Fun Facts About Palladium

Palladium can absorb up to 900 times its own volume of hydrogen - the most common element in the universe.
The largest use of Palladium is for automobile catalytic converters.
In Japan, the government operates a specific mandate stating that all government-subsidized dental alloys have to include a Palladium content of at least 20 percent.
Palladium alloys developed for jewelry typically contain 95% Palladium and about 5% Ruthenium.
In 1967, Tonga issued Palladium general circulation coins commemorating the coronation of King Taufa Ahau Tupou IV, perhaps the first issue using Palladium.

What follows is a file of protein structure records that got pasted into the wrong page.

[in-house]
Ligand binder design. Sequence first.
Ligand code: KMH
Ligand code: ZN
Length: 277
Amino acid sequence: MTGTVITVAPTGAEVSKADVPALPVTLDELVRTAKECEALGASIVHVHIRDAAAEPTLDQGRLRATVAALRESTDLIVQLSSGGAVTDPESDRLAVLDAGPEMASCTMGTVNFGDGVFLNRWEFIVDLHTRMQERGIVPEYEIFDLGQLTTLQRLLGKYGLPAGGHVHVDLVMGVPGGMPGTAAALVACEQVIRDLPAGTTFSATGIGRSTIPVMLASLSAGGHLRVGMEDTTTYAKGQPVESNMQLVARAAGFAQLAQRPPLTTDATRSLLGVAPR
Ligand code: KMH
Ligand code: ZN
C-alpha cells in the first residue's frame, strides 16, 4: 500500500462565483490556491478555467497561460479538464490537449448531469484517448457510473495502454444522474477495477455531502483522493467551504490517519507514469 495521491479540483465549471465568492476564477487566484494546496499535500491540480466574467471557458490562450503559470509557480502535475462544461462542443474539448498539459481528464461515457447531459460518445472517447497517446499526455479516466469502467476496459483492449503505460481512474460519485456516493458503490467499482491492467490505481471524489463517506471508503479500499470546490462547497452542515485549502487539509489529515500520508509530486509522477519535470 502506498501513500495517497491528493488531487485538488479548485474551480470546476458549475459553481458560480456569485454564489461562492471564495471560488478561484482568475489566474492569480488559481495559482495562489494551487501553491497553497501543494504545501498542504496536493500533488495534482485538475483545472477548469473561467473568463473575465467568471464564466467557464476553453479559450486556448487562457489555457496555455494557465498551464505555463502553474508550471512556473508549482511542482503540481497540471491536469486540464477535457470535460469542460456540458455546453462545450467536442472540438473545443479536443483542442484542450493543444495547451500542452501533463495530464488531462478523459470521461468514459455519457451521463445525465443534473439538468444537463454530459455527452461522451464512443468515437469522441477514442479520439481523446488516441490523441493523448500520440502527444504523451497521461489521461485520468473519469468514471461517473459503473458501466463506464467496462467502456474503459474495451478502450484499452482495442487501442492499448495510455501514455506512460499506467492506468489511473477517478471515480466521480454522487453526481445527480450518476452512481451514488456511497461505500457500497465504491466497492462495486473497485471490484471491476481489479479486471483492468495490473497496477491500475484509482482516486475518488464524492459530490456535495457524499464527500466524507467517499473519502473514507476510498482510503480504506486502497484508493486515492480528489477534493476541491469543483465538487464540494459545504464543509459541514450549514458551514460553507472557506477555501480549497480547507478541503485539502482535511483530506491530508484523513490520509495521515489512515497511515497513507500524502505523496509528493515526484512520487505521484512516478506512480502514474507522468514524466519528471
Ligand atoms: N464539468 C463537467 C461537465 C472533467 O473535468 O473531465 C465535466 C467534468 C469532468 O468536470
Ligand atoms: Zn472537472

In the late 1800s, Palladium was more expensive than Platinum.
Palladium is 12.6% harder and whiter in color than Platinum.
Adding small amounts of Palladium alloyed with yellow Gold will yield the best and more durable white Gold.
Palladium was first used in jewelry in 1939.
Palladium is 30x rarer than Gold.
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